Our bodies are in a constant change, with electrical currents and chemicals creating a dance of unimaginable fireworks, those sparks igniting life in us. Nothing stays still in our nature, and spirituality is picking up that vibration to a frequency that was predestined for homo sapiens, while toning down that animalistic part in it that's all wrapped around survival.

You may easily spot those with a low inclination towards spirituality - by their preoccupation with materialistic life themes. Spirituality is known for that proactive, conscious choosing, whereas a lack of it is characterized by unconscious, reactive replays of survival programs and strategies.

Such folks can be recognized for their proud claims about being "that kind of a person...with those principles" - that don't allow much improvisation. The stiffer mentality - the less spiritual it is.

"Moss Cannot Grow on a Rolling Stone"  -  and Nothing is Carved in a Mind that Allows Itself to Keep Evolving
"Moss Cannot Grow on a Rolling Stone" - and Nothing is Carved in a Mind that Allows Itself to Keep Evolving

Beliefs - Subject to Change

In terms of spirituality, beliefs are merely mental tools with a purpose to enhance that best in ourselves. Unlike religious beliefs, spiritual ones don't claim to be a "reflection of a universal truth in soul" - or anything along those lines.

I can "believe" in something today, and "disbelieve" tomorrow, if some new evidence makes that belief useless. In my own dictionary belief is only a mental function used to make unnecessary a repeated "thinking it over". It is in the same brain's department with habits, skills, and learned data.

My beliefs are flexible, allowing me to modify them, change them, or junk them altogether. They are in service of an ongoing impetus towards self-advancement, and as such they are subject to change.

Dogma in Religion and Science Thwarts the Spiritual Growth of Mankind
Dogma in Religion and Science Thwarts the Spiritual Growth of Mankind

Dogma in both Religion and Science

Having all these differences in sight between spirituality and religiousness, we can freely say that the world we live in is by far more religious than spiritual - stuck in its paradigm that's obviously outmoded and ripe to be replaced with new sets of beliefs.

There is basically nothing wrong about believing in universal intelligence "behind all this", but it's the dogma, both religious and scientific that's holding the progress back. There are areas where science is holding its positions making itself look like a religion.

One aspect of it that comes to mind is the medical insistence on mechanistic and reductionist view of human nature, excluding the most important and most promising facet of it - spiritual capacity to heal with placebo, suggestion, cultivation of positive "emotional climate" and a new, constructive belief system. After making it a household truism that most of illnesses come from stress, pharmaceuticals and scalpel are still main and by law enforced healing modalities.

Somewhere in the Maze there Is a Reward  -  a Rat Is more Likely to Find It than Men
Somewhere in the Maze there Is a Reward - a Rat Is more Likely to Find It than Men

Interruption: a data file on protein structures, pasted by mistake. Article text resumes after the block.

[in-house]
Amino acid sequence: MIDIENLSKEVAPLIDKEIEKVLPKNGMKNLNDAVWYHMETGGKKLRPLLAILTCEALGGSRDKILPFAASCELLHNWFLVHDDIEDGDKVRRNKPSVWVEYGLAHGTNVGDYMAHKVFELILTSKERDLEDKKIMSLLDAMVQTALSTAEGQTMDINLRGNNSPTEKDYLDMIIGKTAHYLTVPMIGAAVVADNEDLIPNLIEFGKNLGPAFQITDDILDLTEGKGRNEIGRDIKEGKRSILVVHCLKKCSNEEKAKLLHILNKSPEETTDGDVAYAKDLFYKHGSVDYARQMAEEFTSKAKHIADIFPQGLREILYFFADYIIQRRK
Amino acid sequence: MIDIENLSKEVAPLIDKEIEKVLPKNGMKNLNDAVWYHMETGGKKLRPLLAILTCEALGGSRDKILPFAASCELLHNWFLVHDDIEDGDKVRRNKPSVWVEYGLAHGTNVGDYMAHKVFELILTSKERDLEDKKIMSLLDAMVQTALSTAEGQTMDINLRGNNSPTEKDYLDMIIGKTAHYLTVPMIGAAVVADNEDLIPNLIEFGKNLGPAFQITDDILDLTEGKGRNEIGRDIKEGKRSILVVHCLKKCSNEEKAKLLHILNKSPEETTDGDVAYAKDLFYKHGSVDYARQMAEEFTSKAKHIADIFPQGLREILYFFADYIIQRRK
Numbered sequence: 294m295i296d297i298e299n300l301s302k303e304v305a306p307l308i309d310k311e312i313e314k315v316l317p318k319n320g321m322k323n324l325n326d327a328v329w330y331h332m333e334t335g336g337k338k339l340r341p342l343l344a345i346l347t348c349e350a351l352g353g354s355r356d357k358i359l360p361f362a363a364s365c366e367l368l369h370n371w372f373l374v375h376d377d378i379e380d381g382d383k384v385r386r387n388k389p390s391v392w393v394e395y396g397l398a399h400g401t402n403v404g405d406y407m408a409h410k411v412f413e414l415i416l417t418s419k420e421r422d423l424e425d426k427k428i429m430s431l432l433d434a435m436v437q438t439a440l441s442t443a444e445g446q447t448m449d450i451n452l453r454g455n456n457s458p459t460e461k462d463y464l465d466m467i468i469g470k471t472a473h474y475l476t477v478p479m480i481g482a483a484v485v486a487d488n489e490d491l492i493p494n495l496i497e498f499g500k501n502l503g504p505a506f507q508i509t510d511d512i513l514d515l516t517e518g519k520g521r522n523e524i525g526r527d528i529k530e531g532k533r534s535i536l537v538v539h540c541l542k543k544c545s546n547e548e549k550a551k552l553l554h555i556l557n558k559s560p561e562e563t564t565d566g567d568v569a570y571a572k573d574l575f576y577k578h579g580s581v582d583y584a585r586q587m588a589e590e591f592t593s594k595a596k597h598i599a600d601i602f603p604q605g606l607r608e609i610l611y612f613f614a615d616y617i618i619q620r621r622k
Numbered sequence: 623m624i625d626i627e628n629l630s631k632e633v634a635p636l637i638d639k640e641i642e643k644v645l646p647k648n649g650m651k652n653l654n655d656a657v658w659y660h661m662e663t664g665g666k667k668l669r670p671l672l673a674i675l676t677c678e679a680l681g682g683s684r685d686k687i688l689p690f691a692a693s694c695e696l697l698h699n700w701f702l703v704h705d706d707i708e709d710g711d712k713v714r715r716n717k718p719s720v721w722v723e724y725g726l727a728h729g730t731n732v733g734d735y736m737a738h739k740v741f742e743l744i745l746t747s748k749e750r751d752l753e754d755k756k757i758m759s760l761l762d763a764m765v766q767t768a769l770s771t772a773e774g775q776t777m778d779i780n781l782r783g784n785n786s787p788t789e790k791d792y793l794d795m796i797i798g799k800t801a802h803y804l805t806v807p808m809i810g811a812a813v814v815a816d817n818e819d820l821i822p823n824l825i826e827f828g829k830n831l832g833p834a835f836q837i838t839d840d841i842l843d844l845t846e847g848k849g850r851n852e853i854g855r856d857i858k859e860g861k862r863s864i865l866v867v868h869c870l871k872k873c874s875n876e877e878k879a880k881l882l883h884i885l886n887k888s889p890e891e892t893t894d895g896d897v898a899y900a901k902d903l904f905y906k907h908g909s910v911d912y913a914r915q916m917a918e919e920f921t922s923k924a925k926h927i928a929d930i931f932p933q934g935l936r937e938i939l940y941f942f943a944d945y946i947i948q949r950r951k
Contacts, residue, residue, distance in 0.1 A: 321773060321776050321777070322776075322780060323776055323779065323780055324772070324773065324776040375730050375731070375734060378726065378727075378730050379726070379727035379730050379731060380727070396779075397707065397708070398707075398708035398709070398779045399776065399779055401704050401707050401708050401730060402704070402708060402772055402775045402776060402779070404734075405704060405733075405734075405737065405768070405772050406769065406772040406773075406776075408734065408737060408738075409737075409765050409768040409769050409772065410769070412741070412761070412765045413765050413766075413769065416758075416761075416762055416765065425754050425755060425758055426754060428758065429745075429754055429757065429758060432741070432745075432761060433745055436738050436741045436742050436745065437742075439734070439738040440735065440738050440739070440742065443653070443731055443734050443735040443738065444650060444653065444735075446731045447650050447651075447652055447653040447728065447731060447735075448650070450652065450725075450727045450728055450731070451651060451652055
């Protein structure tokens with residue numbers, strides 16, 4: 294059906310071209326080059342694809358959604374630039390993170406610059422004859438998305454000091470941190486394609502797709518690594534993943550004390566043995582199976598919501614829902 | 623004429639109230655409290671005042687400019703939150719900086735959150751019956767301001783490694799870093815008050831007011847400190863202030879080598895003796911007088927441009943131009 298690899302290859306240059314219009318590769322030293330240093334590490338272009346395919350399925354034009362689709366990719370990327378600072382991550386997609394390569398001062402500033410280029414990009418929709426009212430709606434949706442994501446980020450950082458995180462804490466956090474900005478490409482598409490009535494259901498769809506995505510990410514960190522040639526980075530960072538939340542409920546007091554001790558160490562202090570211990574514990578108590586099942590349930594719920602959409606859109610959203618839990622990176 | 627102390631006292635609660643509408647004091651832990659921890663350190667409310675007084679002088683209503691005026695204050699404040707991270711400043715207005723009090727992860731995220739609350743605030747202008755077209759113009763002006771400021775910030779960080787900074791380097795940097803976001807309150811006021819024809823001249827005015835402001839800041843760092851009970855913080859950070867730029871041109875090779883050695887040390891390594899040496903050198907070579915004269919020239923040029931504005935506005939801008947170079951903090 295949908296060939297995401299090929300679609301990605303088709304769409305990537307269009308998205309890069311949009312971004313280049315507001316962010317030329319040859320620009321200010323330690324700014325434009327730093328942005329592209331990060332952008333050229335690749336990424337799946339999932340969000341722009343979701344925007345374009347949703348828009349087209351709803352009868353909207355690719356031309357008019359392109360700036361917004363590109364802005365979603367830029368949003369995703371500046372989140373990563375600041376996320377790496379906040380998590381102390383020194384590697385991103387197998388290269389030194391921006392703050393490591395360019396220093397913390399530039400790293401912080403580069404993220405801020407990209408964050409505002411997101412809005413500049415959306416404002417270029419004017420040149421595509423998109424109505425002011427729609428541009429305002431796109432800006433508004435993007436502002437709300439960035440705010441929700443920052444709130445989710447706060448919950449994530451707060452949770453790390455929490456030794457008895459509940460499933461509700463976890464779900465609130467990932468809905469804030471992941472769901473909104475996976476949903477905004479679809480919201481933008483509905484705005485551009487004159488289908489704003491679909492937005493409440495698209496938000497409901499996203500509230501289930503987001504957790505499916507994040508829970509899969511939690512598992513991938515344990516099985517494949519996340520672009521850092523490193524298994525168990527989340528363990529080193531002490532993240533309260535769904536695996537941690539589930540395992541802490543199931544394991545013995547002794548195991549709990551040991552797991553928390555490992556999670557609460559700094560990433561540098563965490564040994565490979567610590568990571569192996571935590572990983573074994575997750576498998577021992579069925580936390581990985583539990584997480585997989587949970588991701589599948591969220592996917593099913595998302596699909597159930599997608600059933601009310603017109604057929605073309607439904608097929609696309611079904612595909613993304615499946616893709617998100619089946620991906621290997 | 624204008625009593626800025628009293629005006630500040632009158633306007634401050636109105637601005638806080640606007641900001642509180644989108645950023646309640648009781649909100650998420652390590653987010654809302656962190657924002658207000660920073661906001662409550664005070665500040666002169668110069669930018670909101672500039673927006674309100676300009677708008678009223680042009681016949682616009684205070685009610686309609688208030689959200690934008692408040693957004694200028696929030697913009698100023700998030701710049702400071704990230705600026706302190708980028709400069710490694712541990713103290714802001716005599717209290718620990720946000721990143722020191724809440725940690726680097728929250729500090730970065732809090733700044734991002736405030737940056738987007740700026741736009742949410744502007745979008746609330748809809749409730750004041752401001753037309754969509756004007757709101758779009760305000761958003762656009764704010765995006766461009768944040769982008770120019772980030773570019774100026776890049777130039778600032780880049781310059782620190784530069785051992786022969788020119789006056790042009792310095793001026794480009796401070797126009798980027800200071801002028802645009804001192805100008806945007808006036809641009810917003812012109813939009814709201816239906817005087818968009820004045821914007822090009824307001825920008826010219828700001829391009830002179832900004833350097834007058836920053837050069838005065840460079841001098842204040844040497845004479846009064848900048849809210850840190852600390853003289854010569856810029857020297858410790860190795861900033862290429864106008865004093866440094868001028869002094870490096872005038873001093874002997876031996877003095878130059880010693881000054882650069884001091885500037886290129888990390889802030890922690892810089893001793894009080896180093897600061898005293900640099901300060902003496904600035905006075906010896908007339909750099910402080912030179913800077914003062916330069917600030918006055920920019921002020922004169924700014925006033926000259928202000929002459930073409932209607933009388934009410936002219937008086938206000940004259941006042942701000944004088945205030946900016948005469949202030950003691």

Damn, No Cheese!

Back in seventies, dr. Eduard de Bono, a fine scholar wrote a little book about "lateral thinking". It made a big impact on my personal development, as it opened my eyes about these two models of thinking - lateral and vertical.

In some very lay terms, a metaphor would describe vertical thinkers by their insistence to keep digging and digging same hole in search for water, because "it must be there" - whereas lateral thinkers will try another location after a reasonably deep hole showed no appearance of water.

Werner Erhard, founder of est (Erhard Seminars Training) used the metaphor with rats and men, proving rats to be smarter in that respect. Namely, a rat will try out all channels in a maze until it gets to the cheese - while man will keep using the same channel over and over, never "getting the cheese", which became a sort of Werner's mantra about human stupidity.

Indeed, we seem to repeat all idiocies of history, instead of snapping out of that self-defeating trance and try something else. By the way, anybody ever thought of having other than democrats and republicans to choose from? No wonder Americans are not likely to "get the cheese" this time around either.

A Personal Note

I hope you enjoyed this little presentation about the importance of change in cultivating spirituality, and maybe you found this topic as motivating as I did many years ago. Gee, I keep mentioning these "many years ago" in so many of my articles, and one of these days I may convince myself that it's time to start thinking, feeling and acting my age.

But in this meantime until it comes to that, don't pay attention to my 72 trips around the Sun, I still have a lot on my mind to share - as long as you are willing to read it. Hey, I still haven't run out of stamina to change, so maybe I use my own ideas to change that 72 into something smaller. I don't know, it wouldn't be the first time for me to surprise myself. - Be well everyone!

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    • ValKaras profile image
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      Vladimir Karas 13 months ago from Canada

      Allen, buddy of my soul,

      Maybe I should revise my humble claim in the above answer to MizB., and say something so daring like - at every of your comments I feel like your identical twin, sensing something between those lines that just couldn't be verbalized. You are a deep seeker, my friend, and your often humble remarks about yourself even say more about it. I know it doesn't take you any effort to say all these nice things , but just the same - thank you, Allen, as far as I am concerned, Hub Pages would never be the same without you. It's giving me enormous pleasure to be able to write something that's resonating so well in you. - Be well, amigo!